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Somewhere Else: Westside Store SongsTenor saxophonist and clarinetist Ted Nash, guitarist Steve Cardenas, and bassist Ben Allison come together to take on Leonard Bernstein's original score for Steven Spielberg's film adaptation of the Broadway musical "West Side Story", slated for release in 2020, in their Plastic Sax Records album, Somewhere Else: West Side Story Songs.

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Ted Nash with Steve Cardenas, Ben Allison

Somewhere Else: West Side Story Songs (Plastic Sax Records)

  • Ted Nash – saxophone, clarinet
  • Ben Allison – bass
  • Steve Cardenas – guitar

If more proof was ever needed that “West Side Story” remains the most beloved of classic Broadway musicals, it’s the fact that Steven Spielberg has recently directed his own film version; slated for 2020 release, it’s also his first musical production. (It will also be recognized as a remake of the award-winning 1961 film, the basic source of the show’s continued popularity.)

Granted that this “Romeo and Juliet” adaptation has a timeless theme of racial and social conflict that couldn’t be more relevant today, it’s Leonard Bernstein’s score (with lyrics by Stephen Sondheim) that also maintains perennial appeal. Brimming with memorable songs–some rousing, some menacing, some unbearably touching – the score has resonated with generations of listeners since the show premiered in 1957.

Commemorating Bernstein’s centenary, the trio of the tenor saxophonist and clarinetist Ted Nash, the guitarist Steve Cardenas, and the bassist Ben Allison take on his most popular work with a gusto touched by obvious reverence. And in doing so they triumphantly celebrate both the illustrious composer, and a key stylistic influence for the trio: Jimmy Giuffre. By casting themselves in the mode of Giuffre’s classic winds-guitar-bass trio of 1956 (which featured Jim Hall and introduced the landmark piece “Train and the River”) Nash and his compatriots pay tribute to the cool, chamber jazz aesthetic that, despite its subdued charm, tends to slip in and out of the popular jazz imagination. The character of the trio, which balances the virtuosity of the individual players amidst rock solid ensemble unity, declares itself a perfect conduit for Bernstein’s indelible music.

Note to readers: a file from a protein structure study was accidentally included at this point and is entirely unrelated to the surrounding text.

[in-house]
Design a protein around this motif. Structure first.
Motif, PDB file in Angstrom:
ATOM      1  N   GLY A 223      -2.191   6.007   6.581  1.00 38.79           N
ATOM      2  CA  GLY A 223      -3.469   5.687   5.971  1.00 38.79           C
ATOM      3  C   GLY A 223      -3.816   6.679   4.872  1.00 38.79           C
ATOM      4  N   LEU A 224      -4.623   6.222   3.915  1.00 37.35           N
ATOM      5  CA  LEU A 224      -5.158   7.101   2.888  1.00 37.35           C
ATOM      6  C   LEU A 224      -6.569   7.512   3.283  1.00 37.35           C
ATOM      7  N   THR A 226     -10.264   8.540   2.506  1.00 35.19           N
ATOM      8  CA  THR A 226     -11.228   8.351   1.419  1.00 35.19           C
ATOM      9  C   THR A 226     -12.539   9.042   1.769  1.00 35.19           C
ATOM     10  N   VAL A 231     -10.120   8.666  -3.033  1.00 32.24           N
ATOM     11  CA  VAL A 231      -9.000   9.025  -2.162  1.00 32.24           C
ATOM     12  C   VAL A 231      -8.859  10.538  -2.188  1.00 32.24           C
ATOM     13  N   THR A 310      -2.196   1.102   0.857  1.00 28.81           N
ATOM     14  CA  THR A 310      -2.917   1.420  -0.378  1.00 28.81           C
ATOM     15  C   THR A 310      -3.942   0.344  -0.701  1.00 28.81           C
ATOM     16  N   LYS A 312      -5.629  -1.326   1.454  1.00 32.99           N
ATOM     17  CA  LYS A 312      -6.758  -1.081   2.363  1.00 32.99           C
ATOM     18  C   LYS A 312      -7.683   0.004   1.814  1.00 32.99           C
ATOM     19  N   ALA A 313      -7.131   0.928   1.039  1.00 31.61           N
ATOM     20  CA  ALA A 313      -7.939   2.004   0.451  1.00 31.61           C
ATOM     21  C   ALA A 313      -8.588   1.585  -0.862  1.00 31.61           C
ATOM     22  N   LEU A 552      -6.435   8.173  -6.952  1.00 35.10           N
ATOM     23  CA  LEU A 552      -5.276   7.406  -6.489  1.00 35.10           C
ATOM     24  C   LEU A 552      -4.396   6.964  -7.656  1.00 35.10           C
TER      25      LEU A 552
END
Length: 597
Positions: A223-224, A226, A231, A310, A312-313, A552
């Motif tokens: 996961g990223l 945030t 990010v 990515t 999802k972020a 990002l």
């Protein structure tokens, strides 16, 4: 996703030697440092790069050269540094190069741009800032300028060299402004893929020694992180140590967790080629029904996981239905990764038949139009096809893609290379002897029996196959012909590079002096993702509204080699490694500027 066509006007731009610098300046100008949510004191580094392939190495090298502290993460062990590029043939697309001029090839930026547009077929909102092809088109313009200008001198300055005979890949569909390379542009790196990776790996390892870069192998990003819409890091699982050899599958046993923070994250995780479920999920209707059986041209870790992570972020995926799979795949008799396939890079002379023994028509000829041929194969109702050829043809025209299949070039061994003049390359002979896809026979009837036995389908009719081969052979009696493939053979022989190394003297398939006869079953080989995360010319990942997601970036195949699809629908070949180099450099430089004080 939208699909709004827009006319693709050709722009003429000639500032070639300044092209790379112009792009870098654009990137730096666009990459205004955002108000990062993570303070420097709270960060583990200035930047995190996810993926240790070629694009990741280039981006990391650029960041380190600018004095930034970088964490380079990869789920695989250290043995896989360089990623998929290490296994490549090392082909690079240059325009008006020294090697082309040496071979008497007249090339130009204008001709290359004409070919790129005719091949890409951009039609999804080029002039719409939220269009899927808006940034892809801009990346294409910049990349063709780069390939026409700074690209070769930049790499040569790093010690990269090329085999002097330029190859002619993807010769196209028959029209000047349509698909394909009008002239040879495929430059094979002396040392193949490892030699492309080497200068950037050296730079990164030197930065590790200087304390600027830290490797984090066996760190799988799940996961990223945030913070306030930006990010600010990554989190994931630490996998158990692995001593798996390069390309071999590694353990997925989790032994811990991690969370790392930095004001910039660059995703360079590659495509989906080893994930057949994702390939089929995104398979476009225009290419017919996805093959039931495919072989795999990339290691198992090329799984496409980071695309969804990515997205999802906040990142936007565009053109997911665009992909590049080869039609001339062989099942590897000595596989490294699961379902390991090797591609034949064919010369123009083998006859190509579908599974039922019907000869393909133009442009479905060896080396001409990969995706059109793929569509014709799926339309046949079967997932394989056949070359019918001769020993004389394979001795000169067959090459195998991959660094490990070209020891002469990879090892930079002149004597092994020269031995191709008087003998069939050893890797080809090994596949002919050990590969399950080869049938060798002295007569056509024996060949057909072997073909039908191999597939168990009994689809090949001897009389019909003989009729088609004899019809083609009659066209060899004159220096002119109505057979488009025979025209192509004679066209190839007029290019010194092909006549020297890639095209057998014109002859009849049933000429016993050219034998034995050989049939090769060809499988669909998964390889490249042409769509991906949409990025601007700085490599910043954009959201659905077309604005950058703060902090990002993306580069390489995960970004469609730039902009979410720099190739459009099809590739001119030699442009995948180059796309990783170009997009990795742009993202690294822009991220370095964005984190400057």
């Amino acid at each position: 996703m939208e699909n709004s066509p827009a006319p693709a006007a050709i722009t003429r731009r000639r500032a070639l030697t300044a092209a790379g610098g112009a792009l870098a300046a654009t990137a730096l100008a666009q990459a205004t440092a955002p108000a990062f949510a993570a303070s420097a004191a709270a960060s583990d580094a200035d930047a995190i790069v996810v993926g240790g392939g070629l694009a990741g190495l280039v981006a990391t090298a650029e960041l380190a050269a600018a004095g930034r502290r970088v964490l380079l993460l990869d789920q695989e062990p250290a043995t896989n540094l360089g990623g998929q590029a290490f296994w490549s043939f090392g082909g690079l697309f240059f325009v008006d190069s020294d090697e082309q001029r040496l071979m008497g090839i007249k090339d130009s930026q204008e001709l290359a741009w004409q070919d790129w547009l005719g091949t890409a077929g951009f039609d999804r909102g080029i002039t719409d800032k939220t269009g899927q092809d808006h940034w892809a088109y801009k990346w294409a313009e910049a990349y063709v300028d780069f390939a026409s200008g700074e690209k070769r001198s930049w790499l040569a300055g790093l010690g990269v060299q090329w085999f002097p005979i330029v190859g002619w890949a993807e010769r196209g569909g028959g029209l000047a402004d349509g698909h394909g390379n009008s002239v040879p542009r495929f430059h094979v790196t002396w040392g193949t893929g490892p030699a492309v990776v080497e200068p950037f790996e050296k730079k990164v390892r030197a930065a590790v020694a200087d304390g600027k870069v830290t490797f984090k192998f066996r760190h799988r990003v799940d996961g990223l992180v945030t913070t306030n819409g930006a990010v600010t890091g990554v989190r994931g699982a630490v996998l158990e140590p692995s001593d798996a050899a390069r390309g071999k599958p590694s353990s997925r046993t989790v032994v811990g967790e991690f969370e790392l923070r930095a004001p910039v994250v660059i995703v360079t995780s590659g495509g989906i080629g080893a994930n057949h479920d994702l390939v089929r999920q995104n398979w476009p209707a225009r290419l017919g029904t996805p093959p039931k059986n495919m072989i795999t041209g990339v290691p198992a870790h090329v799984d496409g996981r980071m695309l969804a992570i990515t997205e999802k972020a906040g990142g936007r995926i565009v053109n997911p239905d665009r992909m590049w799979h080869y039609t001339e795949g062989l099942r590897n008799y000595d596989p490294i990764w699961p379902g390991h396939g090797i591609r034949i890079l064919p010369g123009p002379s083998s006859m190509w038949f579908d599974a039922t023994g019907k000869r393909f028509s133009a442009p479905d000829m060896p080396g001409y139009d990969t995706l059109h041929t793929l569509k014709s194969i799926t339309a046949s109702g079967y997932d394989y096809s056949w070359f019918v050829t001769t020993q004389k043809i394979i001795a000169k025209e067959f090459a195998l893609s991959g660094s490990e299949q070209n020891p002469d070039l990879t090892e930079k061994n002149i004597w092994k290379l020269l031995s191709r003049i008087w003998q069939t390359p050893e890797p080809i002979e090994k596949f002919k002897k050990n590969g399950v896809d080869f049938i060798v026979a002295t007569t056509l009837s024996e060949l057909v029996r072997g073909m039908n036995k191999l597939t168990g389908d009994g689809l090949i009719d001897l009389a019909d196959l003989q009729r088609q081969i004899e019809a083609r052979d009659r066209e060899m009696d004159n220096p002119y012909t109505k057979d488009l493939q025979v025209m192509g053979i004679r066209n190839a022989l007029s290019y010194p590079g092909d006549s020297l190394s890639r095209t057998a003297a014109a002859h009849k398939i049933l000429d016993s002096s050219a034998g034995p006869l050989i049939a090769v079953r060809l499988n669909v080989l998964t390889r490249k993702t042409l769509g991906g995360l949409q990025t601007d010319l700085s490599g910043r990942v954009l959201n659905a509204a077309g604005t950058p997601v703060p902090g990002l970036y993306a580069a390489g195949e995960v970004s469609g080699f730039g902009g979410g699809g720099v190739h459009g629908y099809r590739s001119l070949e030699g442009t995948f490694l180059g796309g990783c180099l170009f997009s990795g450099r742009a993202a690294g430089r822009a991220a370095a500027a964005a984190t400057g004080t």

Yet a listener is continually caught up in the seeming paradox of how music so inherently rhythmic in nature can be expressed with such aplomb by a band that hasn’t a percussion instrument in sight. The key is that each trio member calls on his own inner drummer, summoning up a syncopated panache that keeps the performances fluid and exciting.  On the score’s percolating tunes the trio snap and bite – with the consistently inventive Nash channeling an assertive approach on tenor that is anything but cool inspired – while also maintaining a deliberate composure.

The arrangements, primarily by Nash (a key factor of the Lincoln Center Jazz Orchestra as an instrumentalist, composer and arranger) augmented by contributions from Cardenas and Allison, keep the brilliant sheen of Bernstein’s creations always in view, while leaving room for compelling improvisations and spirited interplay. “Tonight” opens with two-and-a-half minutes of delightful improvised counterpoint between all three band mates, while “America” bobs along to what sounds like a warm weather get together between Giuffre and Sonny Rollins. “Maria,” with Nash on sprightly clarinet, bounces with an unaccustomed spring thanks to Allison’s jaunty bassline; Allison also provides the slippery bedrock for a disarming duet with Nash on “Cool.” “A Boy Like That,” an extended “Something’s Coming,” and the penultimate version of “Somewhere,” taken at a brisker tempo than usual, exhibit the unforced symmetry of this commendable ensemble.

The ballads – “One Hand , One Heart,” highlighting Nash’s aching tenor, “I Have a Love”  (a Cardenas-Nash duet with more fetching tenor) and the closing reprise of “Somewhere” – are predictably expressive but blissfully free of maudlin emotionality.

While “I Feel Pretty” and “Gee, Officer Krupke” may be missed, Somewhere Else makes a robust case for the continued popularity and adaptability of this brilliant score as well as the hopeful endurance of a superb trio. (Steve Futterman)

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